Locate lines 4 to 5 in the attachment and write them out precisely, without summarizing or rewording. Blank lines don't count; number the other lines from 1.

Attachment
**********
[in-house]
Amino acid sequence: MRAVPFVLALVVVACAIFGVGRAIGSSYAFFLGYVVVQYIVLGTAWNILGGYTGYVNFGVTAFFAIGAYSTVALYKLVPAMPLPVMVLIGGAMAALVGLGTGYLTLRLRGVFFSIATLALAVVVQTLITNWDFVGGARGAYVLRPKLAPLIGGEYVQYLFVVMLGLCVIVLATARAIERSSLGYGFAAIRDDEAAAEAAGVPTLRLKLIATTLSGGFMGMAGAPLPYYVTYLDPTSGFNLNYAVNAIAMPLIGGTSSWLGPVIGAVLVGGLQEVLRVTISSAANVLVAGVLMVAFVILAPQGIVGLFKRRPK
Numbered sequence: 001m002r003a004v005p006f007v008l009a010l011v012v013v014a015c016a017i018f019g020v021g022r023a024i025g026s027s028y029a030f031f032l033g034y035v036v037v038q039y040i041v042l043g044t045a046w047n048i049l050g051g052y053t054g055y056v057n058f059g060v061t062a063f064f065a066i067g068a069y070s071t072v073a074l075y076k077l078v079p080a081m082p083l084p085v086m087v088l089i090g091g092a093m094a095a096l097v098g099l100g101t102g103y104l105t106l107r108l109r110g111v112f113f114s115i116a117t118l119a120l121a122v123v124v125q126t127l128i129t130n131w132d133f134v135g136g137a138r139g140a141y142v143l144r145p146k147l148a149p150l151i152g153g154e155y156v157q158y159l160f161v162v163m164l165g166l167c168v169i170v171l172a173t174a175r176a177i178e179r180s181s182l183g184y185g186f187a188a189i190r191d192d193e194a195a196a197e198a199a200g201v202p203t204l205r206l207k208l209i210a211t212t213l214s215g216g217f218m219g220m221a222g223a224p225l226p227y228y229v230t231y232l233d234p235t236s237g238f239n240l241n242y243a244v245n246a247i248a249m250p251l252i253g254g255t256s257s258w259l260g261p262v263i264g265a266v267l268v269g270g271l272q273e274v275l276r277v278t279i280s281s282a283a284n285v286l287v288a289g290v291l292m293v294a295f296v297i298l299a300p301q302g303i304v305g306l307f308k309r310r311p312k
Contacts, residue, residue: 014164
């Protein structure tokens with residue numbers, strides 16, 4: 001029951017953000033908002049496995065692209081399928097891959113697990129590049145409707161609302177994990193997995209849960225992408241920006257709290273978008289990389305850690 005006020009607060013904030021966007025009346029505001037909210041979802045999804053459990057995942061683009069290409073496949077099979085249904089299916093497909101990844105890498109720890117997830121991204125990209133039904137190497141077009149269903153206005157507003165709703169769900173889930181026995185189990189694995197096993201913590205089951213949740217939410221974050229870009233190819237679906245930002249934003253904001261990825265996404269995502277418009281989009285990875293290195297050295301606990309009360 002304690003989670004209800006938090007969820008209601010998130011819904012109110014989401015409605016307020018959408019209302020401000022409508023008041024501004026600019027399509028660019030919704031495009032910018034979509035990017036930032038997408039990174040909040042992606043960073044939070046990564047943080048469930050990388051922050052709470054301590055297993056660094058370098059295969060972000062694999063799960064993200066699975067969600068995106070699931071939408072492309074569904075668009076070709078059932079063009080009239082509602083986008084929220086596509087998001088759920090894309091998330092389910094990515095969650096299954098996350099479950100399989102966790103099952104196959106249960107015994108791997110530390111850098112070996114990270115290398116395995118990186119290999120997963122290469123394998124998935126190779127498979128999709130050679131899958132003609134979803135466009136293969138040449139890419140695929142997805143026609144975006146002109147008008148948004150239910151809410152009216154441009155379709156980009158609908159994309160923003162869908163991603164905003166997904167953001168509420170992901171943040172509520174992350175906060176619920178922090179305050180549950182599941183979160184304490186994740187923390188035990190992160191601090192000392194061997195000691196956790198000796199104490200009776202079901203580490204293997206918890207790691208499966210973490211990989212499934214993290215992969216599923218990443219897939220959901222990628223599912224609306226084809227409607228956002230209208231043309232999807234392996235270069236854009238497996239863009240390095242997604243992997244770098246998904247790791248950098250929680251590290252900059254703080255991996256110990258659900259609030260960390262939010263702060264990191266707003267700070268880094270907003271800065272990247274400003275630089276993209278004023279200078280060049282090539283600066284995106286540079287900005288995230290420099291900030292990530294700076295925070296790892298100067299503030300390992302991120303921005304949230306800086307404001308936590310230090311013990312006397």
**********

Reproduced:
Contacts, residue, residue: 014164
């Protein structure tokens with residue numbers, strides 16, 4: 001029951017953000033908002049496995065692209081399928097891959113697990129590049145409707161609302177994990193997995209849960225992408241920006257709290273978008289990389305850690 005006020009607060013904030021966007025009346029505001037909210041979802045999804053459990057995942061683009069290409073496949077099979085249904089299916093497909101990844105890498109720890117997830121991204125990209133039904137190497141077009149269903153206005157507003165709703169769900173889930181026995185189990189694995197096993201913590205089951213949740217939410221974050229870009233190819237679906245930002249934003253904001261990825265996404269995502277418009281989009285990875293290195297050295301606990309009360 002304690003989670004209800006938090007969820008209601010998130011819904012109110014989401015409605016307020018959408019209302020401000022409508023008041024501004026600019027399509028660019030919704031495009032910018034979509035990017036930032038997408039990174040909040042992606043960073044939070046990564047943080048469930050990388051922050052709470054301590055297993056660094058370098059295969060972000062694999063799960064993200066699975067969600068995106070699931071939408072492309074569904075668009076070709078059932079063009080009239082509602083986008084929220086596509087998001088759920090894309091998330092389910094990515095969650096299954098996350099479950100399989102966790103099952104196959106249960107015994108791997110530390111850098112070996114990270115290398116395995118990186119290999120997963122290469123394998124998935126190779127498979128999709130050679131899958132003609134979803135466009136293969138040449139890419140695929142997805143026609144975006146002109147008008148948004150239910151809410152009216154441009155379709156980009158609908159994309160923003162869908163991603164905003166997904167953001168509420170992901171943040172509520174992350175906060176619920178922090179305050180549950182599941183979160184304490186994740187923390188035990190992160191601090192000392194061997195000691196956790198000796199104490200009776202079901203580490204293997206918890207790691208499966210973490211990989212499934214993290215992969216599923218990443219897939220959901222990628223599912224609306226084809227409607228956002230209208231043309232999807234392996235270069236854009238497996239863009240390095242997604243992997244770098246998904247790791248950098250929680251590290252900059254703080255991996256110990258659900259609030260960390262939010263702060264990191266707003267700070268880094270907003271800065272990247274400003275630089276993209278004023279200078280060049282090539283600066284995106286540079287900005288995230290420099291900030292990530294700076295925070296790892298100067299503030300390992302991120303921005304949230306800086307404001308936590310230090311013990312006397």